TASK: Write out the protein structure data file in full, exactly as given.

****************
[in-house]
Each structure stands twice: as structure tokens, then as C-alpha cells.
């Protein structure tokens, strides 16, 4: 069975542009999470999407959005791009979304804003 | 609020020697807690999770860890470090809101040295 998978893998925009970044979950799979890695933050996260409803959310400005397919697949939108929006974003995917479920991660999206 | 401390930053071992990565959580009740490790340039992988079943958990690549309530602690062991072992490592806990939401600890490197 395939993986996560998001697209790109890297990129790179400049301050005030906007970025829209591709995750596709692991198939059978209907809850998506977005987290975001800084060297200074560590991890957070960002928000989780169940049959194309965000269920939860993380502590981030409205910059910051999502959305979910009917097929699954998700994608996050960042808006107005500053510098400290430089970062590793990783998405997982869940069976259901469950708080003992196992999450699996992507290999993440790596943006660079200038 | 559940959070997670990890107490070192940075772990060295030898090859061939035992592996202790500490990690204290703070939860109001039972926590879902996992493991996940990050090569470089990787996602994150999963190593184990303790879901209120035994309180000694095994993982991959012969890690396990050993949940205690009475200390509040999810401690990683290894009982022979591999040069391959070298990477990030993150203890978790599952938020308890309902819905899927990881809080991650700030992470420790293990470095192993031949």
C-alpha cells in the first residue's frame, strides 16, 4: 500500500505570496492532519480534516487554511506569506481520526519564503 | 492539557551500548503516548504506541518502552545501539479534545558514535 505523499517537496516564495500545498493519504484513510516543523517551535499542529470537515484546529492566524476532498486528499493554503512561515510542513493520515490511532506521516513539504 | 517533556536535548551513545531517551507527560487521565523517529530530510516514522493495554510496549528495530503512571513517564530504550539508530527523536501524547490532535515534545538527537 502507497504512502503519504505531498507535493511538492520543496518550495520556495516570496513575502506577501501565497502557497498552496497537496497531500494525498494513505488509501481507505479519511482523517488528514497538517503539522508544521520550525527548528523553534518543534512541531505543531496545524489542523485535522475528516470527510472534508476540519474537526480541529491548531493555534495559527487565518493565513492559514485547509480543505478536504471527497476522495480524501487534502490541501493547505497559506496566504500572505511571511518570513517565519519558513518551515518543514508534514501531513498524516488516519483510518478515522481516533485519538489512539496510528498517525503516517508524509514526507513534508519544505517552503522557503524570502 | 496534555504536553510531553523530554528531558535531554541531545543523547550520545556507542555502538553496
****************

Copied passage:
[in-house]
Each structure stands twice: as structure tokens, then as C-alpha cells.
């Protein structure tokens, strides 16, 4: 069975542009999470999407959005791009979304804003 | 609020020697807690999770860890470090809101040295 998978893998925009970044979950799979890695933050996260409803959310400005397919697949939108929006974003995917479920991660999206 | 401390930053071992990565959580009740490790340039992988079943958990690549309530602690062991072992490592806990939401600890490197 395939993986996560998001697209790109890297990129790179400049301050005030906007970025829209591709995750596709692991198939059978209907809850998506977005987290975001800084060297200074560590991890957070960002928000989780169940049959194309965000269920939860993380502590981030409205910059910051999502959305979910009917097929699954998700994608996050960042808006107005500053510098400290430089970062590793990783998405997982869940069976259901469950708080003992196992999450699996992507290999993440790596943006660079200038 | 559940959070997670990890107490070192940075772990060295030898090859061939035992592996202790500490990690204290703070939860109001039972926590879902996992493991996940990050090569470089990787996602994150999963190593184990303790879901209120035994309180000694095994993982991959012969890690396990050993949940205690009475200390509040999810401690990683290894009982022979591999040069391959070298990477990030993150203890978790599952938020308890309902819905899927990881809080991650700030992470420790293990470095192993031949």
C-alpha cells in the first residue's frame, strides 16, 4: 500500500505570496492532519480534516487554511506569506481520526519564503 | 492539557551500548503516548504506541518502552545501539479534545558514535 505523499517537496516564495500545498493519504484513510516543523517551535499542529470537515484546529492566524476532498486528499493554503512561515510542513493520515490511532506521516513539504 | 517533556536535548551513545531517551507527560487521565523517529530530510516514522493495554510496549528495530503512571513517564530504550539508530527523536501524547490532535515534545538527537 502507497504512502503519504505531498507535493511538492520543496518550495520556495516570496513575502506577501501565497502557497498552496497537496497531500494525498494513505488509501481507505479519511482523517488528514497538517503539522508544521520550525527548528523553534518543534512541531505543531496545524489542523485535522475528516470527510472534508476540519474537526480541529491548531493555534495559527487565518493565513492559514485547509480543505478536504471527497476522495480524501487534502490541501493547505497559506496566504500572505511571511518570513517565519519558513518551515518543514508534514501531513498524516488516519483510518478515522481516533485519538489512539496510528498517525503516517508524509514526507513534508519544505517552503522557503524570502 | 496534555504536553510531553523530554528531558535531554541531545543523547550520545556507542555502538553496